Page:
While reprints of individual stories are plentiful, what is difficult to come by is an organic collection, available as a unit, reprinting the complete works of the Master. Such a thing exists, but has long been out of print: the Carl Barks Library [3], in 30 luxurious hardbound volumes, presents all of his Disney stories in a large format that really does them justice, together with insightful commentaries by outstanding Barks scholars such as Geoffrey Blum, Donald Ault and Thomas Andrae. Sadly, it is very difficult to obtain. It took me ten years to buy the entire series, chasing the book sets one by one in about half a dozen different cities around the world. Nowadays it is almost impossible to acquire it as a complete set. Several Disney licensees around the world print Barks material regularly, if rarely chronologically (I am most familiar with Gladstone's softcover Carl Barks Library in Colour and with Zio Paperone, perhaps the best comic in the Italian Disney scene, but I have copies of several others coming from France, Greece, Scandinavia and more; and my friend Chuck Munson once showed me some even more exotic Barks reprints of which I couldn't even read the script), so one may end up with a complete set of Barks stories at a reasonable price by buying all the issues of the appropriate comic for so many years. But this solution, too, is less than satisfactory; partly because, except in the Gladstone case, the stories are mediated by the translation; but more importantly because even so it still is impossible for an interested reader to go to a bookstore (or to write to a mail-order publisher) and buy an edition -- any edition -- of the complete works of Carl Barks.

I look forward to the day when Carl Barks will get the recognition he deserves as one of the great authors of 20th century literature, and I hope that this will bring along the availability of affordable reprints of his complete works. I don't expect his complete works to be something that every household has, just like not every household has the complete works of Plato or Shakespeare or Mozart or Chaplin. On the other hand I do think that the complete works of Barks should be, like those of Plato, Shakespeare, Mozart, Chaplin and of many other great Masters who left us the fruit of their genius, something that anyone who wants can reasonably obtain from a bookshop, and certainly something that one could legitimately expect to find in a public library.


This is nothing like a complete bibliography on Carl Barks -- which would have to list several other books and a wealth of fanzine and magazine articles. I am only giving the full references for the texts cited above.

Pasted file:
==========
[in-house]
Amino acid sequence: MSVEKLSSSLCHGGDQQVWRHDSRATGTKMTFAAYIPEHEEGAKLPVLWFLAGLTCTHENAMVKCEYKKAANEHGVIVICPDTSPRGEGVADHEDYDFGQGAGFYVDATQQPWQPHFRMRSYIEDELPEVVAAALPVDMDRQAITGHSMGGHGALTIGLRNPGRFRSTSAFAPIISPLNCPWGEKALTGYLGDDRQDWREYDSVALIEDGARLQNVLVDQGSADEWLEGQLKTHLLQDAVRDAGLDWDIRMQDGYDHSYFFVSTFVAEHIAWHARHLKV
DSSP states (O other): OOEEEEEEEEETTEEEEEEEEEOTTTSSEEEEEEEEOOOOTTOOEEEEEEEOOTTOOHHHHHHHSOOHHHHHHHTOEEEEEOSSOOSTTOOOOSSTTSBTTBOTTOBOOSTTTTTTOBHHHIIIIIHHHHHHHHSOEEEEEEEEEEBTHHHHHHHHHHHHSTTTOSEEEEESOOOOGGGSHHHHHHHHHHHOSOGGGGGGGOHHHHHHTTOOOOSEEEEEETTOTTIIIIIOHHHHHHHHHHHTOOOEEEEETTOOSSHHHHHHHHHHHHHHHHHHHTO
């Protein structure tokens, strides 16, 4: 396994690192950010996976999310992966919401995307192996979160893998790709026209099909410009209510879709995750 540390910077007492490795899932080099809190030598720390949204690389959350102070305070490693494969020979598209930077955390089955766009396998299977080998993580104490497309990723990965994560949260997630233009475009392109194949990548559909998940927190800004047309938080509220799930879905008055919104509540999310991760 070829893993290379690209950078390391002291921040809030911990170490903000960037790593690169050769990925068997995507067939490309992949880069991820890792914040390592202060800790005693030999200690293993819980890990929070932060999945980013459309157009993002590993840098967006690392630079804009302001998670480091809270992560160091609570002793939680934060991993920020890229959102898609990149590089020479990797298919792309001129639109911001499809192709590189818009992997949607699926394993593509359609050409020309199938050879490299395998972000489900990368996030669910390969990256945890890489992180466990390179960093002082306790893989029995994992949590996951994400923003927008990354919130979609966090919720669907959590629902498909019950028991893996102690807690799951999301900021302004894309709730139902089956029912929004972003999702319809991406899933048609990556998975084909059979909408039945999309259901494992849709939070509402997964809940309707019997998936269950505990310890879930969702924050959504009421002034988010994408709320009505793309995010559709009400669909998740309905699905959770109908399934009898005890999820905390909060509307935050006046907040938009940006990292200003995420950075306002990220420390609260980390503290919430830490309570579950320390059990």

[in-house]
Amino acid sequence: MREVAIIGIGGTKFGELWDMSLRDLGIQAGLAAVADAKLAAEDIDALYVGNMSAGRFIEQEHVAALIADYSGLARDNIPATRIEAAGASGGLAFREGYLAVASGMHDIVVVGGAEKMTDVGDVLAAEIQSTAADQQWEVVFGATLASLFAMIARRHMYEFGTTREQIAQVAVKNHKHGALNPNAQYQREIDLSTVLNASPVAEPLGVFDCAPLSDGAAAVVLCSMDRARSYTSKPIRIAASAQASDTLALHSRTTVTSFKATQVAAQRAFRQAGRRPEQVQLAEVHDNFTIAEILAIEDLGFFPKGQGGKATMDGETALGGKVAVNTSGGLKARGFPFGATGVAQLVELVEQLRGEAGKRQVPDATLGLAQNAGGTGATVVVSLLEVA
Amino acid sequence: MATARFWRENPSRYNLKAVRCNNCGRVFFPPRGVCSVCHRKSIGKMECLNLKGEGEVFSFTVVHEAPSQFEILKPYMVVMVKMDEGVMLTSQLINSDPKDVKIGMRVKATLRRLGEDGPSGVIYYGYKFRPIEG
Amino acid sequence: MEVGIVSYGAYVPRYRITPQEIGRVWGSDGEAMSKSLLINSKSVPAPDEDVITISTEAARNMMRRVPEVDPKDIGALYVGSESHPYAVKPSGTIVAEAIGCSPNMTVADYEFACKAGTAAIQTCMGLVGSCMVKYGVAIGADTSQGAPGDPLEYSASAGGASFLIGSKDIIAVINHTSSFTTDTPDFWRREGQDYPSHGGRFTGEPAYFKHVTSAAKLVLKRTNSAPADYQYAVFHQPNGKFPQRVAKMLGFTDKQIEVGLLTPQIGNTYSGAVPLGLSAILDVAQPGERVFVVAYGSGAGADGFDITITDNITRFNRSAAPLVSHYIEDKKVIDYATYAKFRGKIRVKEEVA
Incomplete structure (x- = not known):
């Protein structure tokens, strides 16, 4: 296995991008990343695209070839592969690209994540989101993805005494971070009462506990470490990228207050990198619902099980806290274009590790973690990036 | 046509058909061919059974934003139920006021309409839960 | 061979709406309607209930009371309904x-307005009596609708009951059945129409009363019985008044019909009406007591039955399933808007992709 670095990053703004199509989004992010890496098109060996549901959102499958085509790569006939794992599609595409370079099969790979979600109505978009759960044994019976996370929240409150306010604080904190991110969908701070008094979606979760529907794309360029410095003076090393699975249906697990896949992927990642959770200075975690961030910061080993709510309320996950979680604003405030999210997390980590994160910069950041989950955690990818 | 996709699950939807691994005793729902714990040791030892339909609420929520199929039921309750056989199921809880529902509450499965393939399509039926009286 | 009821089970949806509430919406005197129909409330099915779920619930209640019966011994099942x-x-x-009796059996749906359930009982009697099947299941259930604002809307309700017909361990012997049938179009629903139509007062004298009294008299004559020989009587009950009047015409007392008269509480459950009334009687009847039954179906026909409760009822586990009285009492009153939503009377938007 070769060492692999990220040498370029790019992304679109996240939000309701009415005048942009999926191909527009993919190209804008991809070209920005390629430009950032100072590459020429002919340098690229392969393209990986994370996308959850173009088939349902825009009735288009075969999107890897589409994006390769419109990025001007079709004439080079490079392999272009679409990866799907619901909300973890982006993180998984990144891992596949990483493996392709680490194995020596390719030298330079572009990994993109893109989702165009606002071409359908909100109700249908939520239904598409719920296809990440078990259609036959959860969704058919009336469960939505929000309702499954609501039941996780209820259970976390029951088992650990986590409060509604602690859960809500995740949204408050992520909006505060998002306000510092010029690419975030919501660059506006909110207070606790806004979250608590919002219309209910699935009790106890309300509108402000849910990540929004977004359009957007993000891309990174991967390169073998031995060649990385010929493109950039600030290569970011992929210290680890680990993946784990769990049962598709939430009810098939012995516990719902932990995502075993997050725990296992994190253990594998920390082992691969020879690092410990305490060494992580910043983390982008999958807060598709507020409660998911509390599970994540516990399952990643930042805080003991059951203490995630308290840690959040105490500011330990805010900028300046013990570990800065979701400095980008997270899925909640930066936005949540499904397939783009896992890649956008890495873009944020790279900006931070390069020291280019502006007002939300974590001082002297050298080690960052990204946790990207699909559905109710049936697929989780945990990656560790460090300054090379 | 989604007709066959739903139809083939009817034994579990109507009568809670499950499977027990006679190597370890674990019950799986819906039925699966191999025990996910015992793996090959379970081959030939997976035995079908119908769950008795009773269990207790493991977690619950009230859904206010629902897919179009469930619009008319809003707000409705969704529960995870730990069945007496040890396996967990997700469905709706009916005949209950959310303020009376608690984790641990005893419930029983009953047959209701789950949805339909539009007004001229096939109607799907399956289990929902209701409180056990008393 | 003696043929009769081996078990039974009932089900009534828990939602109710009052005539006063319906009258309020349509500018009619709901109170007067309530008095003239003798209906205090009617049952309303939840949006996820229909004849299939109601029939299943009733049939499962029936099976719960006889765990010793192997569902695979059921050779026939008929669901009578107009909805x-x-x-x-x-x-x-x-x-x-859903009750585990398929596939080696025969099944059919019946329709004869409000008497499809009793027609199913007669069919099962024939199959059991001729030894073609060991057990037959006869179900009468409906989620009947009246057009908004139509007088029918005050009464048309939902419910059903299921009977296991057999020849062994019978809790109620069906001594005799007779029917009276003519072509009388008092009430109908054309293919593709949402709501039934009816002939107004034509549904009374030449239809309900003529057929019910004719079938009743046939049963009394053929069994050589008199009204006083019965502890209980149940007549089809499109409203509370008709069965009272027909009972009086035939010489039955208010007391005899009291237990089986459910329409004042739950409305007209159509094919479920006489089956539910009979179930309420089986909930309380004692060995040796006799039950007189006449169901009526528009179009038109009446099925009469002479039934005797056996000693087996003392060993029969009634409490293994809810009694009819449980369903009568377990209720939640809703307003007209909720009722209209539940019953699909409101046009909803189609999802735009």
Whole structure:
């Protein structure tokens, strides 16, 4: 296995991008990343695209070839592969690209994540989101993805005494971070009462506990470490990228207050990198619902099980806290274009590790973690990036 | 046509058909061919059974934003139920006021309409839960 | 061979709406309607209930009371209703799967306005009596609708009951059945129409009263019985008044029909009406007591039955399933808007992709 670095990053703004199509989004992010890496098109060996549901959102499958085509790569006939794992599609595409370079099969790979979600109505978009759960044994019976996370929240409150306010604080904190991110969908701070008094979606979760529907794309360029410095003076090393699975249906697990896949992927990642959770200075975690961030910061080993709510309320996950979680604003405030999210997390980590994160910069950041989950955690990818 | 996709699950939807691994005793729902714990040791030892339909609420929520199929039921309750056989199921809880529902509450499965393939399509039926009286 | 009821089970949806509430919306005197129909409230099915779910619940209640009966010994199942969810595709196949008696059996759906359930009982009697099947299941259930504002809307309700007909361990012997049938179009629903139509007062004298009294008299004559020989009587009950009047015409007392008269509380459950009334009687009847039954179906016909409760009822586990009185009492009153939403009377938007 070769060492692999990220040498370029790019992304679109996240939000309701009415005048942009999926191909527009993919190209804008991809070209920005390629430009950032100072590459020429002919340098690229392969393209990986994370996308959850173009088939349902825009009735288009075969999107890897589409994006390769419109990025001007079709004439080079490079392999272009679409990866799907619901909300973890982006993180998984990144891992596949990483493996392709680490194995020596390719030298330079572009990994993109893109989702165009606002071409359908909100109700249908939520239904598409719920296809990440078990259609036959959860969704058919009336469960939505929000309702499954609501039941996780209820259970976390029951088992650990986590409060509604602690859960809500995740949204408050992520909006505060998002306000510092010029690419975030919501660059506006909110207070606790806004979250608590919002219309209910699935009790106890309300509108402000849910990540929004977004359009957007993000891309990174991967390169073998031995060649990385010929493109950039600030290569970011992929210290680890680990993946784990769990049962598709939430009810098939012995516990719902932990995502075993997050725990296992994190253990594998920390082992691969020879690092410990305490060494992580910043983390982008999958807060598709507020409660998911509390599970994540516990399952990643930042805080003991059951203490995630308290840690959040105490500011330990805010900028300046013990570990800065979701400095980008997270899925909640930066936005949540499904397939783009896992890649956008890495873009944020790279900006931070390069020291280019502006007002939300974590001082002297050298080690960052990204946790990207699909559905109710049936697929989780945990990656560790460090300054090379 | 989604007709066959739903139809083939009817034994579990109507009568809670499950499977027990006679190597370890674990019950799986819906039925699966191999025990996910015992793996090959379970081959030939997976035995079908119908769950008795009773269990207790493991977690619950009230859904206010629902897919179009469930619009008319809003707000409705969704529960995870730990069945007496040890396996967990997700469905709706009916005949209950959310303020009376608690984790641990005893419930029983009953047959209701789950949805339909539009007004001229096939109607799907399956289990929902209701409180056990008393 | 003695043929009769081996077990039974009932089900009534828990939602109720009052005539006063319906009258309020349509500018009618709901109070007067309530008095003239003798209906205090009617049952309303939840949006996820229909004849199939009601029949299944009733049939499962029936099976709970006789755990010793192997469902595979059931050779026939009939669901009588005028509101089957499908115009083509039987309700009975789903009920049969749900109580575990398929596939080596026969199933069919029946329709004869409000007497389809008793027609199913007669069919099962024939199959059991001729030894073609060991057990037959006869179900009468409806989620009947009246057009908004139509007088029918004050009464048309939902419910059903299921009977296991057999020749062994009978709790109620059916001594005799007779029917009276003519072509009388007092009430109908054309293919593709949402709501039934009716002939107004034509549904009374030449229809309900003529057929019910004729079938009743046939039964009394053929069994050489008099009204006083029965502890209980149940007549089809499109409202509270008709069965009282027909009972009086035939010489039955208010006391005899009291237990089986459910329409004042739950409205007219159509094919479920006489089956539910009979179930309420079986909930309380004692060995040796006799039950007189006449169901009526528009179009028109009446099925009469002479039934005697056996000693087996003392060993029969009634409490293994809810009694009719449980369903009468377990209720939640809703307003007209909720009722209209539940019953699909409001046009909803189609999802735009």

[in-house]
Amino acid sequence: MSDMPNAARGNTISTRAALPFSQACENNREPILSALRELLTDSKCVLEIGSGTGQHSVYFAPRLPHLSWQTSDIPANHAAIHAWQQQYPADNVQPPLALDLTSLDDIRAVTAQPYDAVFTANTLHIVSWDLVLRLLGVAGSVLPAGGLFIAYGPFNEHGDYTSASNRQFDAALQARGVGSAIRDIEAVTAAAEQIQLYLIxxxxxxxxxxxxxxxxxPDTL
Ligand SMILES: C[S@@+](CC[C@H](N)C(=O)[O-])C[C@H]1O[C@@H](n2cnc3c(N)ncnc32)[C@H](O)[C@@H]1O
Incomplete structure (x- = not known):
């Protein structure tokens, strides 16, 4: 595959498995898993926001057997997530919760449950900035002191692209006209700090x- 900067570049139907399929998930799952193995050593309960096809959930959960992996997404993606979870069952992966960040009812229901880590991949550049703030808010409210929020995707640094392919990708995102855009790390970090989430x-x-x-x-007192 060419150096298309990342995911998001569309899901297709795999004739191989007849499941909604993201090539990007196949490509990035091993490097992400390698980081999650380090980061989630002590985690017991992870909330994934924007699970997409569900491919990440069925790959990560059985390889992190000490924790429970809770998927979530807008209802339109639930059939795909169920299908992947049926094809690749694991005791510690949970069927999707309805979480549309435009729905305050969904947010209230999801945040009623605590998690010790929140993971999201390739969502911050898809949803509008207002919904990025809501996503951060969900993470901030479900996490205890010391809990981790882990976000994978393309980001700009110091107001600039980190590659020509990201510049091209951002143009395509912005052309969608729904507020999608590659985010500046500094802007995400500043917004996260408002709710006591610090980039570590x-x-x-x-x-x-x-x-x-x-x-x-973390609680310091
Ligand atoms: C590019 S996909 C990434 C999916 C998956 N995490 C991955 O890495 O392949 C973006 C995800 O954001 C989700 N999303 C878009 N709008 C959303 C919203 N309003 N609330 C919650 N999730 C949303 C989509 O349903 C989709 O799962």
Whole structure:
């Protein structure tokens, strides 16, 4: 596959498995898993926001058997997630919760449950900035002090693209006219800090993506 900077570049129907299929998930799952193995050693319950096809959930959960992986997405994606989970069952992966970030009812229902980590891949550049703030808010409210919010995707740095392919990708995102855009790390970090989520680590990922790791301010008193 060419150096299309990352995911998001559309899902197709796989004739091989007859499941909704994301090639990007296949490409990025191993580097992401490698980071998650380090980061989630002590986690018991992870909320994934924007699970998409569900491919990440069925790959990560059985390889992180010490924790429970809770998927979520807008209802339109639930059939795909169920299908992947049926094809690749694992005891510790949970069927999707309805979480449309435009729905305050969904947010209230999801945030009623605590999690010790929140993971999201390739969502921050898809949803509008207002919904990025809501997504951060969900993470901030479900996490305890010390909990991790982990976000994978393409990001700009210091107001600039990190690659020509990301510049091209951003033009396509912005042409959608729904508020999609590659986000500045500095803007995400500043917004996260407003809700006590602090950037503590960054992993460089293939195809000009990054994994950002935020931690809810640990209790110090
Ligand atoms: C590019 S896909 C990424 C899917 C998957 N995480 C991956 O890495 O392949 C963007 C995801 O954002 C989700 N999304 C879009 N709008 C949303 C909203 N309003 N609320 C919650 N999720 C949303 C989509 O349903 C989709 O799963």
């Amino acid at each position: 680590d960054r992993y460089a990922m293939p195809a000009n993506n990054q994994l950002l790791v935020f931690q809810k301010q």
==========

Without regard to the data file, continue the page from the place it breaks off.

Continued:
1. Michael Barrier, Carl Barks and the Art of the Comic Book, Lilien, 1981. 0-9607652-0-4 hardbound, 0-9607652-1-2 paperback.

    The first and still the most important book ever written about Carl Barks. Barrier's fundamental work combines biography, criticism and a (now surpassed) story index. The commentary, acute and insightful, would be enough to make this volume praiseworthy, but the greatest asset of the book is its wealth of first-hand material: photographs and sketches are plentiful, and a substantial part of the text consists of Barks's own spontaneous and witty prose (from letters and interviews), telling about himself in his own words. Unfortunately out of print, this is nevertheless a book that no Barks fan should miss.

  2. Franco Fossati, Carl Barks Guide, Libreria dell'immagine, 1992. (In Italian.)

    A useful chronological index of all of Carl Barks's stories, with summaries, pictures, reprints and cross-references.

  3. Bruce Hamilton (ed.), Carl Barks Library, Another Rainbow, 1983-1990.

    A splendid black and white critical edition, in 30 large-format hardbound volumes, of all the Disney stories by Carl Barks, complemented by excellent essays and interviews. The ultimate first-hand Barks reference.

  4. Bruce Hamilton (ed.), The Unexpurgated Carl Barks, Hamilton Comics, 1997. 1-57460-023-0.

    An inexpensive little booklet with selected (recoloured) cartoons from Barks's pre-Disney career at the Calgary Eye-Opener. Interesting documentation..

He could do magic

I first met my hero at a Disney Store in London

One day of many years ago I decided that I couldn't be so lucky as to be alive at the same time as Carl Barks without letting him know how grateful I was for the joy he had given me with his masterpieces, so I decided to write him a letter.